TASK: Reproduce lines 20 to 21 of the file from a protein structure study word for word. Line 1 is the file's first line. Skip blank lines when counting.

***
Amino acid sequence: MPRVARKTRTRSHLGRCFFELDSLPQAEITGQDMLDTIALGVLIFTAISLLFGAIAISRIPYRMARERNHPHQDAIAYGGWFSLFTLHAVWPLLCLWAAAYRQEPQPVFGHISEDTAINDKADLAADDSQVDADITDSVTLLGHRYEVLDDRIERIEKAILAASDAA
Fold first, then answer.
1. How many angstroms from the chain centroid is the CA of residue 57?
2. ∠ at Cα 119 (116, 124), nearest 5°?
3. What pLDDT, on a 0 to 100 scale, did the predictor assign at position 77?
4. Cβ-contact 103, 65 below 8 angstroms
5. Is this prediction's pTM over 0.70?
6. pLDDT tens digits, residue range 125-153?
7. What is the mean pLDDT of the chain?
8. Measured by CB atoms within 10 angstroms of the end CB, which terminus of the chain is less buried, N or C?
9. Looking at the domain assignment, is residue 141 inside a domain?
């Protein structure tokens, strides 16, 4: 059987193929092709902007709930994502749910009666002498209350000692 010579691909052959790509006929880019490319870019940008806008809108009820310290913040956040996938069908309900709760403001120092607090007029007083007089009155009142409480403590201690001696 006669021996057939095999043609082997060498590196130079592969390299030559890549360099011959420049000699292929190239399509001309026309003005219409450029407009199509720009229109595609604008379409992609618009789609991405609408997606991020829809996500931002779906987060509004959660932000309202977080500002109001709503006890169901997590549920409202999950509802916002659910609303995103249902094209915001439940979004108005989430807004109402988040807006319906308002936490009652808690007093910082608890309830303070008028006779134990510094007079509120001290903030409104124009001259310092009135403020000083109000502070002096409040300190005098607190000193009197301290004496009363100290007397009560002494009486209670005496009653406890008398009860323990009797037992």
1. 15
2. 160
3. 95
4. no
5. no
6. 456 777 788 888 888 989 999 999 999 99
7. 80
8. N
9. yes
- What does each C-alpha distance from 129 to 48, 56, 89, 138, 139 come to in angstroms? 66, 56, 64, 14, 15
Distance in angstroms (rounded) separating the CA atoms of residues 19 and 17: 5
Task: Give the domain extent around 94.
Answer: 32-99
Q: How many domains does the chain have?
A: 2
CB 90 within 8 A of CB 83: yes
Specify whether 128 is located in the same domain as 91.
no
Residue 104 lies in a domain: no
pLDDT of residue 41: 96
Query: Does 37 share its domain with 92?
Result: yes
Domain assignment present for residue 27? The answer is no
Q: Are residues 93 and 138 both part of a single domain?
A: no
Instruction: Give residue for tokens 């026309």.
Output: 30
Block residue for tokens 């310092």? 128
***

8. N
9. yes